If you’re planning to purchase a home, but need to make a down payment that’s less than 20 percent of the purchase price, you will likely need to pay mortgage insurance (MI) as part of your mortgage. The type of loan you get and your credit score will both impact how much this cost will be, but understanding MI and how it affects your loan is an important part of finding the right mortgage.
What Is Mortgage Insurance and Why Do Lenders Require It?
Historically, lenders have asked home buyers to put 20 percent of the home’s price down as a down payment. They have found that borrowers who can save this much are in a good position to repay the mortgage. In addition, with a 20 percent down payment, the lender has less to lose if you do default.
If you can’t put 20 percent down on the home, the lender takes on more risk. Mortgage insurance policies protect the lender against the risk of your default. In exchange for lending you the money, they will ask that you pay an MI premium to buy them this protection.
How Do You Pay Mortgage Insurance?
The way you pay MI premiums varies based on your loan program. Typically, it’s an added fee that you pay when you pay your monthly loan amount. However, some lenders allow borrowers to pay the fee upfront at closing, and others allow borrowers to pay a higher interest rate and forgo the monthly payment.
These MI payments may last for the life of the loan. However, it’s more common for them to last for a specific duration or until the loan-to-value ratio reaches a certain point. Often once you’ve surpassed the 80 percent mark in loan-to-value ratio, it either disappears or you can refinance to remove it.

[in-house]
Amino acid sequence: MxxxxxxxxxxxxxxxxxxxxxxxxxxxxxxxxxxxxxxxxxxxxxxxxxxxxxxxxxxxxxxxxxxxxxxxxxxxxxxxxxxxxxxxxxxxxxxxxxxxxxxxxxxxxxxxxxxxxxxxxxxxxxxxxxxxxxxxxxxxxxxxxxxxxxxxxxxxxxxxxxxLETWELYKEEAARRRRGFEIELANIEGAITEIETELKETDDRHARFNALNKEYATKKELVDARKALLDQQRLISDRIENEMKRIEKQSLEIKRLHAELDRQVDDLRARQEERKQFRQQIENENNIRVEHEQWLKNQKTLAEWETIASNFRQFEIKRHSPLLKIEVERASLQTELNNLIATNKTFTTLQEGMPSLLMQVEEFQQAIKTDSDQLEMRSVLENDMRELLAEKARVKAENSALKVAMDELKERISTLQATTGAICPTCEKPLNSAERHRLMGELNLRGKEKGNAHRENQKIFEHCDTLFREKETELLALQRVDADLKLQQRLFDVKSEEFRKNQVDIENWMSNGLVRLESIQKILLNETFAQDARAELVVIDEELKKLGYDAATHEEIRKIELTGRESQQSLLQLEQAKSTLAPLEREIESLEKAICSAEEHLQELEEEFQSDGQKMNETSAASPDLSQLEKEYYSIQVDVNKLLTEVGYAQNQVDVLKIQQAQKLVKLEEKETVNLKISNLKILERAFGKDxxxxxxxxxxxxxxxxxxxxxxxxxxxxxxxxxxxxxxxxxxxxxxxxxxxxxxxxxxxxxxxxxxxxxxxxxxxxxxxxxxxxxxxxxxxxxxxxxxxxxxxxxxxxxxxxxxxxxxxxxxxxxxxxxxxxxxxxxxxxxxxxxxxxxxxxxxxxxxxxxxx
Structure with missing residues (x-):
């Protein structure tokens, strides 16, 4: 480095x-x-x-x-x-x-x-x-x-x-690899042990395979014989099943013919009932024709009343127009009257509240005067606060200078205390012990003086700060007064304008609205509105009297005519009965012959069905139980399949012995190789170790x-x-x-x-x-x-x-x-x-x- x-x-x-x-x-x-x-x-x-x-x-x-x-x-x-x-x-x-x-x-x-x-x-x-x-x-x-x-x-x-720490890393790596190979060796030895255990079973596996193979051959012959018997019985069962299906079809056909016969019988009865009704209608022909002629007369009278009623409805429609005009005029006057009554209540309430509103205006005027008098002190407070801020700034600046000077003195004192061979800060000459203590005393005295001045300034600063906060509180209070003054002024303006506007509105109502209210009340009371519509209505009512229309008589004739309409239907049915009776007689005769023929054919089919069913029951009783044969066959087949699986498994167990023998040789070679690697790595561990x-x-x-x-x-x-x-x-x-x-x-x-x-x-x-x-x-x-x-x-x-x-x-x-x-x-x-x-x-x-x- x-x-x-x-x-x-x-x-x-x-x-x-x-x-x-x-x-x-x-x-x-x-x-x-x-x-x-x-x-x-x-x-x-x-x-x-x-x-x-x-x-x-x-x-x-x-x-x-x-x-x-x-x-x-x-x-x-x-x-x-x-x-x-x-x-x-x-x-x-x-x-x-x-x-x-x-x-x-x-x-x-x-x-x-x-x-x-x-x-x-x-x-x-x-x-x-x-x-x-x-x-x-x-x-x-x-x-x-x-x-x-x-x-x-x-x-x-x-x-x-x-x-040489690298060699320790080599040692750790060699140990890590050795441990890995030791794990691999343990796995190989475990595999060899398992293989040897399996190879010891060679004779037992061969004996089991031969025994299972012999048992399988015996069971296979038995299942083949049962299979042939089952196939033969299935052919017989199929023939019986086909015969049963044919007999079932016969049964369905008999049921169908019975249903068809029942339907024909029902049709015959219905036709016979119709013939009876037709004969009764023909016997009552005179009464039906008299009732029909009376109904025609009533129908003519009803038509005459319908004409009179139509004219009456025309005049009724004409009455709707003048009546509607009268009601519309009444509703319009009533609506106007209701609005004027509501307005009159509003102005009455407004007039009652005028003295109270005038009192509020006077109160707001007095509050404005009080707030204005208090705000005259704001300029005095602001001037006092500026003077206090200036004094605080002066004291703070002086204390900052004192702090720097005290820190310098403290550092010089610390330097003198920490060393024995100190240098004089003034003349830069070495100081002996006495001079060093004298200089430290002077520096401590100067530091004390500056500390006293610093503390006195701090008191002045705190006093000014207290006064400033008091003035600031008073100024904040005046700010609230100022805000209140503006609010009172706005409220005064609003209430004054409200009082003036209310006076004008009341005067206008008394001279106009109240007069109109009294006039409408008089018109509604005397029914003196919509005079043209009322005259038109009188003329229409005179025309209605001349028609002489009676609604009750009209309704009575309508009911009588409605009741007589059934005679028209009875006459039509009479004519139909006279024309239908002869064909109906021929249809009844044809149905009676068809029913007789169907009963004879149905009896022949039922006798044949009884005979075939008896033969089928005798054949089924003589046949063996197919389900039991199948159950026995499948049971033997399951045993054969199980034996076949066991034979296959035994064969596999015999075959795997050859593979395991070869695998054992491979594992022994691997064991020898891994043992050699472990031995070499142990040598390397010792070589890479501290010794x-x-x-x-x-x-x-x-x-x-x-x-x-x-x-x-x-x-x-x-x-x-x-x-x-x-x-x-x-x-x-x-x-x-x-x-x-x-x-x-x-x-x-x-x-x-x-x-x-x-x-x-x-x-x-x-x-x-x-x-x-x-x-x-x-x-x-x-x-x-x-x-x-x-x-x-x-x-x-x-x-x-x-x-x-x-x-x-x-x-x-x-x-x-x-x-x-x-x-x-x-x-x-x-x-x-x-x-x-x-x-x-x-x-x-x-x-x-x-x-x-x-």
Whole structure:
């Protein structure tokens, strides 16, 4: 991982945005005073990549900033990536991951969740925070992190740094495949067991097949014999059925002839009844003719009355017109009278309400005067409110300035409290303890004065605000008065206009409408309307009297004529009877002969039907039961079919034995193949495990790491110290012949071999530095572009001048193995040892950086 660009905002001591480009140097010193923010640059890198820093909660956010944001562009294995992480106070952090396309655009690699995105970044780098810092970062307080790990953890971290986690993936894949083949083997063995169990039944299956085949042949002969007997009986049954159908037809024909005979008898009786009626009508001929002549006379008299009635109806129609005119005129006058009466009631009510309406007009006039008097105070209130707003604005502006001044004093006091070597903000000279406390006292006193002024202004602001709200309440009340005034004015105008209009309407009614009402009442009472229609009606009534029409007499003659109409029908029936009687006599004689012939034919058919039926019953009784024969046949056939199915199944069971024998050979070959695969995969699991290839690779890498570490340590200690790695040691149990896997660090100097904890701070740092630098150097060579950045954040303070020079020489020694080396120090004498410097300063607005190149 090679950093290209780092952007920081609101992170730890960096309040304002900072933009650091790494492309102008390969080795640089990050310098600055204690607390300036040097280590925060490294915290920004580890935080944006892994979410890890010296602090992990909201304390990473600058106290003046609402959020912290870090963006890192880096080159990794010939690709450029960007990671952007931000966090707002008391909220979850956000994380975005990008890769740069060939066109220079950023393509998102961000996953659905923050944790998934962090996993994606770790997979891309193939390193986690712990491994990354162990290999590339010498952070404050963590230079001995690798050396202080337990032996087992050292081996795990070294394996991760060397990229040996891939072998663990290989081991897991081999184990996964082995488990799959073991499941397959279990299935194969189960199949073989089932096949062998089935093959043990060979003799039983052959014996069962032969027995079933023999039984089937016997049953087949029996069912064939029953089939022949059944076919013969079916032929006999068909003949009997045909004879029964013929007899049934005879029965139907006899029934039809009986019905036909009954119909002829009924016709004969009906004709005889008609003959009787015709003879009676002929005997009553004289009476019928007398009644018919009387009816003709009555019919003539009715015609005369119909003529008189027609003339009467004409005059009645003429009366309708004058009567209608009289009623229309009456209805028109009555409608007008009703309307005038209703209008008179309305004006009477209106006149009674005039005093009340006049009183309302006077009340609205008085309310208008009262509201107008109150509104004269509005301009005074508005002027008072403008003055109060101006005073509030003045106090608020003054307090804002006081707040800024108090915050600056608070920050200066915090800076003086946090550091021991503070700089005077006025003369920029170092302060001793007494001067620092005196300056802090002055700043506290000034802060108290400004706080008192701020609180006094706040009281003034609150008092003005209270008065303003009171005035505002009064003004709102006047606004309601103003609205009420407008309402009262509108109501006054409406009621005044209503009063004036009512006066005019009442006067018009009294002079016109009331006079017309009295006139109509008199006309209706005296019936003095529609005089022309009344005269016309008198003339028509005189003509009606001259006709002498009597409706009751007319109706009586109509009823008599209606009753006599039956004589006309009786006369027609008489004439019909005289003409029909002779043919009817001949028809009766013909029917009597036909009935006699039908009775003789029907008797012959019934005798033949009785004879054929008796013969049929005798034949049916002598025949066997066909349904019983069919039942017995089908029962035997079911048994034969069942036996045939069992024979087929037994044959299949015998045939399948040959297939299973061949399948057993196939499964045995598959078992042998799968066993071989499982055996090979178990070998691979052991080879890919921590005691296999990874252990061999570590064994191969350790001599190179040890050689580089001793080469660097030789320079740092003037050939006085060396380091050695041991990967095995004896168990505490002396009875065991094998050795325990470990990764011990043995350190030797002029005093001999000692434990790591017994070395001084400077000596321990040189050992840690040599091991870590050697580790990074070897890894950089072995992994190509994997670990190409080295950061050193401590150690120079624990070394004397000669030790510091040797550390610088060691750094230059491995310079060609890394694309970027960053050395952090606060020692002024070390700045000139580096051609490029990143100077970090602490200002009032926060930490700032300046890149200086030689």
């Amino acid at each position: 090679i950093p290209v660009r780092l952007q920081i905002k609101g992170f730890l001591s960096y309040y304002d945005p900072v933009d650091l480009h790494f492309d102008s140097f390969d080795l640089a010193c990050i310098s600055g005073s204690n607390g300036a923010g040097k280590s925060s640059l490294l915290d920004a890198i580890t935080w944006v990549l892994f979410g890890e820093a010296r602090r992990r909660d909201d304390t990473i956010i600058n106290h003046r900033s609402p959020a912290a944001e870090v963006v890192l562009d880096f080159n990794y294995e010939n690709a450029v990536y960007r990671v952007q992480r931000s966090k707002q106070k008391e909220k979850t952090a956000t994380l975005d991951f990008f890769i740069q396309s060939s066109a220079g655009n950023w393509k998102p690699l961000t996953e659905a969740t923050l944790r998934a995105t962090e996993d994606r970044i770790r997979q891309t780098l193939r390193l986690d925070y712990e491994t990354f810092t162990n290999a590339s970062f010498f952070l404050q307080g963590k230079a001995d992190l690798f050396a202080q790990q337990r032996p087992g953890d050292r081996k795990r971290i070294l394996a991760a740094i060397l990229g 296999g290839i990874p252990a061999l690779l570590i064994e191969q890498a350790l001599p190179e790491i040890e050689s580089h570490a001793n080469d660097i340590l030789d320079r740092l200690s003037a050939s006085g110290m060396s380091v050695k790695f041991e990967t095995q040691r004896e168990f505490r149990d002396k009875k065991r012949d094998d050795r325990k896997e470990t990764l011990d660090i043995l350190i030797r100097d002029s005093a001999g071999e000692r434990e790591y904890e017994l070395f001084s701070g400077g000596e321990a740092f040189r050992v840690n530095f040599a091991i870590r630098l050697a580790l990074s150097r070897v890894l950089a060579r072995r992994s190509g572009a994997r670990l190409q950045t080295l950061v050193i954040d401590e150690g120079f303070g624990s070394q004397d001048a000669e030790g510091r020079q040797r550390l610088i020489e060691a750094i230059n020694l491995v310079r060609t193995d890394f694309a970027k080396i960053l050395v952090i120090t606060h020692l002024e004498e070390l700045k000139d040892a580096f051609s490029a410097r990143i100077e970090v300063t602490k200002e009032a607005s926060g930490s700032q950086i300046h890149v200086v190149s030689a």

Mortgage Insurance for Common Loan Types
Each loan is different, but these loan types tend to handle mortgage insurance in the same way:
- Conventional Loan – This type of loan has the greatest potential variety because it is up to the lender. Most charge private mortgage insurance (PMI) as an annual fee of 0.55 to 2.25 percent of the loan amount, divided into monthly payments. Once the loan reaches 80 percent loan-to-value, you can reach out to the lender to learn what your options are to get rid of the PMI charge.
- FHA Loan – FHA mortgage insurance is divided into two parts. First, you will pay an upfront premium of 1.75 percent of the loan amount. Then, you will be responsible for an annual premium that is 0.45 percent to 1.05 percent of the outstanding balance annually, divided into a monthly fee. To get rid of the fee, you’ll need to refinance, unless your down payment was 10 percent or more. In that case, the fee disappears after 11 years.
- USDA Loan – The USDA home loan is one of the few loans that let you borrow with no money down. Like the FHA loan, it has two mortgage insurance fees. The first is a 1 percent upfront fee, and the second is an annual fee that is 0.35 percent of the loan amount, divided into monthly payments. Like the FHA loan, the only way out is to refinance the loan.
- VA Loan – The VA home loan lets eligible veterans borrow with no money down. It requires no mortgage insurance. However, you will pay a funding fee at closing. The funding fee is 1.25 to 3.3 percent of the home loan amount.
Get Help Finding the Right Loan Option
Mortgage insurance can be a confusing topic. Many loans require it, but the way it’s charged varies significantly. If you’re shopping for a mortgage, getting expert advice is helpful. Contact Mid America Mortgage for help. Our mortgage professionals will help you figure out all of the details to find the loan that best fits your needs.